Fossils have long provided scientists with a glimpse at the diversity of past lifeforms on planet Earth. However, not everything can be preserved in fossil form; often delicate features like hair or plumage do not fossilized, which forces scientists to use their imaginations when it comes to envisioning how these animals looked.
Even less information is known about how many ancient animals moved, so scientists have to guess based on fossil evidence. But this may soon change with help from the field of robotics. In a recent paper, researchers at the University of Utah have created robotic ammonites to help determine how these ancient creatures once moved.
Background: What are Ammonites?
Belonging to the Phylum Mollusca, these extinct marine invertebrates resemble a nautilus, complete with a spiral shell. Ammonites lived around 408-65 million years ago in Earth’s ancient seas, and because these creatures are related to cuttlefish, nautilus, octopus, and squid, their soft bodies did not fossilize well, leaving mainly their shells behind for scientists to study.
These shells have helped scientists date other fossils, as well as tell scientists the approximate locations of Earth’s ancient oceans. However, there are still mysteries surrounding these creatures, especially when it comes to how they moved and why their shells were such particular shapes.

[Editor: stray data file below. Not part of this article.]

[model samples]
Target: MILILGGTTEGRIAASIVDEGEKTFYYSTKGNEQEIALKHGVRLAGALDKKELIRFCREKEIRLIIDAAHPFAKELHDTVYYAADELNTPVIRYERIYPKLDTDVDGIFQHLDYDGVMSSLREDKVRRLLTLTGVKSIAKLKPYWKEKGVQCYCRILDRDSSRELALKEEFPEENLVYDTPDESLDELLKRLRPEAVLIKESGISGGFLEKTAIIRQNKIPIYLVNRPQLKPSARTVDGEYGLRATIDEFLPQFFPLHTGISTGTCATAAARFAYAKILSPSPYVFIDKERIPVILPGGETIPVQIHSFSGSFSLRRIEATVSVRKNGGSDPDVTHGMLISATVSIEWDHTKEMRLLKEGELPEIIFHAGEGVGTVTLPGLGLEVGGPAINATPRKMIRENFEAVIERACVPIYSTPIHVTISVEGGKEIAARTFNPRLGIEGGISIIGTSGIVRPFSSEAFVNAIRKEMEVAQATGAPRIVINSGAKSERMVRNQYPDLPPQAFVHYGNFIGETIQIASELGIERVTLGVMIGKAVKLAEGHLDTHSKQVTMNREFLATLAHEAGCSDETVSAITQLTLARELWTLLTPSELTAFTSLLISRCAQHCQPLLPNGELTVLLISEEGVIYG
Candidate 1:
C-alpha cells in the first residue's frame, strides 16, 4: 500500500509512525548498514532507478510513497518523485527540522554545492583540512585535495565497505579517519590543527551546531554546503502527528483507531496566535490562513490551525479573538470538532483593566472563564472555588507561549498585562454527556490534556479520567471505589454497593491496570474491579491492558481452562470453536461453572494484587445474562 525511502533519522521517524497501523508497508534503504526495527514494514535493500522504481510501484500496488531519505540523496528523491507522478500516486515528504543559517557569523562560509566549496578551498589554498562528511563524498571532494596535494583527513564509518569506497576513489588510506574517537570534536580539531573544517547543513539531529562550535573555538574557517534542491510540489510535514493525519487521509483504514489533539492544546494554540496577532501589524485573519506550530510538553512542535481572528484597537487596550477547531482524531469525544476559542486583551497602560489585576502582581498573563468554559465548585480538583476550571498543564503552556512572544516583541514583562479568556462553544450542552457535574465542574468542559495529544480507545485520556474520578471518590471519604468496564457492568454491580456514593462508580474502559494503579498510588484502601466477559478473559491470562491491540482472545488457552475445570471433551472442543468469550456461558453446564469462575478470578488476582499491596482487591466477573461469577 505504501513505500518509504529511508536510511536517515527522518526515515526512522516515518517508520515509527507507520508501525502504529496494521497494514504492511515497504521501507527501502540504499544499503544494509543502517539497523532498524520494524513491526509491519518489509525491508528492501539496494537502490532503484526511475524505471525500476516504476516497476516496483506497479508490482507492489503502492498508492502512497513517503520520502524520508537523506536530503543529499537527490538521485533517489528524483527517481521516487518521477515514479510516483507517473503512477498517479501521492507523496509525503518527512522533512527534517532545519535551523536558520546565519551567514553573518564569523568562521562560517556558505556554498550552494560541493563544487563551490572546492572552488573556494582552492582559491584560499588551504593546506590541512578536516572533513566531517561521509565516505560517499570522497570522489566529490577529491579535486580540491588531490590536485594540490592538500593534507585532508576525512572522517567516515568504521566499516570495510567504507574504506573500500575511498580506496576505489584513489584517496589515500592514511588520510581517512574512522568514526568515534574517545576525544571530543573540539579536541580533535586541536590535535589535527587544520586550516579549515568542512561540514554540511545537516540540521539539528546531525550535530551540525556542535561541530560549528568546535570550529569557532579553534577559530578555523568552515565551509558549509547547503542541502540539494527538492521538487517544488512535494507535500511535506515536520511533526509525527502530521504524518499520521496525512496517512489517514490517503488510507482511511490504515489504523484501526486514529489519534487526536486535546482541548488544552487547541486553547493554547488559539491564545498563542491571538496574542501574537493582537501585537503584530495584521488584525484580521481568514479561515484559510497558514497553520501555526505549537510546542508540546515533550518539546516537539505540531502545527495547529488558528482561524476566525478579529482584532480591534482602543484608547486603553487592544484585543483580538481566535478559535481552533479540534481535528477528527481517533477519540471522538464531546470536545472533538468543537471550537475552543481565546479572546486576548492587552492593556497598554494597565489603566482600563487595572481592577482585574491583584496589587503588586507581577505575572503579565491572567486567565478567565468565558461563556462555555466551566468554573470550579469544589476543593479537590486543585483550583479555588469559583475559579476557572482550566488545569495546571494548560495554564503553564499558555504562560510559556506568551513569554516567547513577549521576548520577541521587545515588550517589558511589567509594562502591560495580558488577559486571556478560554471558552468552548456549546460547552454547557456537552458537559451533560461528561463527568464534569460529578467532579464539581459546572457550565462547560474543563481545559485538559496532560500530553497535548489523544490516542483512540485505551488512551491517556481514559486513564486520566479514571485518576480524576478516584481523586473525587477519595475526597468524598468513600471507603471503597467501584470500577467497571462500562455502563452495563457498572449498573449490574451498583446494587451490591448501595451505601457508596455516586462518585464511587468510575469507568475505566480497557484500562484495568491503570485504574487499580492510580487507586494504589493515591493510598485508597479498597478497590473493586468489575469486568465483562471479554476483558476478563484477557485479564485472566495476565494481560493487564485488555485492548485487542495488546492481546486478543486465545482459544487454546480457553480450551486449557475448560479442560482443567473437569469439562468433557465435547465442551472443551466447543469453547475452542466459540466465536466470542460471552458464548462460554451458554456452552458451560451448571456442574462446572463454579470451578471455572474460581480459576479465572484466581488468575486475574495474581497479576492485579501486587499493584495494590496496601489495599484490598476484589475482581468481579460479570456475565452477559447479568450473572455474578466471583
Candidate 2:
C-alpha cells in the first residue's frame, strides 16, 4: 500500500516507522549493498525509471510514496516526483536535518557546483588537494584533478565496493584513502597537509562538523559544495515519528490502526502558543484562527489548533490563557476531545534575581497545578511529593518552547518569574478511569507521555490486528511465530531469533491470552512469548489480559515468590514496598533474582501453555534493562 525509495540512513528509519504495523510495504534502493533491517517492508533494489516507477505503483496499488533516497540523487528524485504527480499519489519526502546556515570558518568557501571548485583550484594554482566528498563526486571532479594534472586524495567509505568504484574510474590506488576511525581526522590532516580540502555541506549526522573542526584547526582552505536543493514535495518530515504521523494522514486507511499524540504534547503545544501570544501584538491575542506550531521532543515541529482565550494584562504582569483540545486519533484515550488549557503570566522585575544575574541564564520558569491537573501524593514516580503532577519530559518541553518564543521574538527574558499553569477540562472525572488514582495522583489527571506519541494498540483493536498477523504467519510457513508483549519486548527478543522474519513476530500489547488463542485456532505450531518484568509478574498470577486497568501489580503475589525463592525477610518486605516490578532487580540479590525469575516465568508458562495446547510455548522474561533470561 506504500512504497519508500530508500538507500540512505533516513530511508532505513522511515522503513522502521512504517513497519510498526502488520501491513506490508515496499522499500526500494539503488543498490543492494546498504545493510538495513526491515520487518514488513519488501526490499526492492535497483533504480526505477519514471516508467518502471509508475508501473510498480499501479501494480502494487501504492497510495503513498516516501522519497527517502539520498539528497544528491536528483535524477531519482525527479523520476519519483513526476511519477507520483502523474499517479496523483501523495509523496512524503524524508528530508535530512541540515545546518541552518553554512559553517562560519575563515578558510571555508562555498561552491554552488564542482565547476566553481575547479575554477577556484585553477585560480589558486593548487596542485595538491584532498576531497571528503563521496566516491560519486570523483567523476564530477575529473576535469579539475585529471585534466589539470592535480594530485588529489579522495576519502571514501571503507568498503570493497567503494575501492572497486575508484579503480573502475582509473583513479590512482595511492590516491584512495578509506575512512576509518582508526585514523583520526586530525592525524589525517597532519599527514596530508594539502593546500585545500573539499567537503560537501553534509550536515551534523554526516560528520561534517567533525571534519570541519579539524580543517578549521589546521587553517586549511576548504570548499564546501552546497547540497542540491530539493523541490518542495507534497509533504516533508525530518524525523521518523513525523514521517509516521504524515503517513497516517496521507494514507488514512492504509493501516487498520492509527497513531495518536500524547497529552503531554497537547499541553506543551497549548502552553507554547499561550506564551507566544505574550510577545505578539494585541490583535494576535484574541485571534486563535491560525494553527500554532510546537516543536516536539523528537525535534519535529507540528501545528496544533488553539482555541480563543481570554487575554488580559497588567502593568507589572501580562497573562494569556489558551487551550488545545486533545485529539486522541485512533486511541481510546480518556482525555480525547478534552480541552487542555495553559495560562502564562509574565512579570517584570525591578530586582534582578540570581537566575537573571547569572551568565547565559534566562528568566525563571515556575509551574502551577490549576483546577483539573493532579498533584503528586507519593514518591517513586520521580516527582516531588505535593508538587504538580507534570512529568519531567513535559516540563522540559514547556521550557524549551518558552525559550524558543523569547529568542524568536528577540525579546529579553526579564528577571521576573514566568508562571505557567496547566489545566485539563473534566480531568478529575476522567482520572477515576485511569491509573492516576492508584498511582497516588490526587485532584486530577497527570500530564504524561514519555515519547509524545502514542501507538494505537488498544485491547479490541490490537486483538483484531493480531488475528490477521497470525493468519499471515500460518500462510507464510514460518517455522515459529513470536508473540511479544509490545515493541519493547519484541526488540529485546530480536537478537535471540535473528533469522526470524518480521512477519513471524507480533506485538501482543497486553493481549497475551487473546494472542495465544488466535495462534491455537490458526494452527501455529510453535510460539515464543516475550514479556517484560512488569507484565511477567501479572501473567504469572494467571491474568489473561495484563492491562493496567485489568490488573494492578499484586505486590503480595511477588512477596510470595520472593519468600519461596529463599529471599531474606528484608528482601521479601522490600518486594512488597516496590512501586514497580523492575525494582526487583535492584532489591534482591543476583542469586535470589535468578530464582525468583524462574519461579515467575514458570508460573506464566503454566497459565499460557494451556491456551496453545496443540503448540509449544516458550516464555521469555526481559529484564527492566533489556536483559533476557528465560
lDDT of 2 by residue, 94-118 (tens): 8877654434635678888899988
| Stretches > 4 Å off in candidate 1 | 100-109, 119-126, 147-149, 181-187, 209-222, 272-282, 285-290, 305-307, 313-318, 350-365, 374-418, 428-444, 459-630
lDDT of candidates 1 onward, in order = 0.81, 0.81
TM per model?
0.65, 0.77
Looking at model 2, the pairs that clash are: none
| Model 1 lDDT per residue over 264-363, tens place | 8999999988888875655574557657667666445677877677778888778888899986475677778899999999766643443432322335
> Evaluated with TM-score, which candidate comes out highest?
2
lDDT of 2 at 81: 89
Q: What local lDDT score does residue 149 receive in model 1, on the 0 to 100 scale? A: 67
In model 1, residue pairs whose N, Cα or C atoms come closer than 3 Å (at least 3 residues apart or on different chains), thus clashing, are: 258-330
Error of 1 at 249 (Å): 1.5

Analysis: Building Robotic Ammonites
To study ammonite movement, researchers at the University of Utah created robotic ammonites out of 3D-printed materials. The robots helped the researchers to better understand how the ammonites maneuvered through the water as well as the best shell shape for balanced movement. According to David Peterman, a postdoctoral Fellow at the University of Utah, “These results reiterate that there is no single optimum shell shape…My broader research goal is to provide a better understanding of these enigmatic animals, their ecosystem roles, and the evolutionary processes that shaped them.”
The researchers built three different robotic ammonites with designs based on nautilus shells and ammonite fossils. The three robots were tested in the water by doing laps. This helped the researchers see the pros and cons of each shell type. “Throughout their evolution, externally shelled cephalopods navigated their physical limitations by endlessly experimenting with variations on the shape of their coiled shells,” explained Peterman. This was illustrated in the differences in the fossils, as the spirals of the shells shifted into something similar to the ones we have today.
Outlook: Using Robots to Study the Past
While this study helped the researchers to better understand the evolutionary process behind ammonite movement and shell shape, it also illustrated the utility of using robotics to study the past. Robotics can help to bring fossils to life, allowing scientists to better understand the possible movements of these ancient animals. With other advanced technology like AI and virtual reality (VR), recreating the past will be easier than ever.
AI is already helping us to determine our ancient human roots, and with the help of virtual reality, we are closing in on recreating lifelike representations of extinct animals like mammoths in a virtual setting. In the years ahead, such advances may prove to be key assets for scientists in the years ahead, who will now have access to a clearer idea of how these extinct animals once thrived on our planet.
Kenna Hughes-Castleberry is a staff writer at the Debrief and the Science Communicator at JILA (a partnership between the University of Colorado Boulder and NIST). She focuses on deep tech, the metaverse, and quantum technology. You can find more of her work at her website: https://kennacastleberry.com/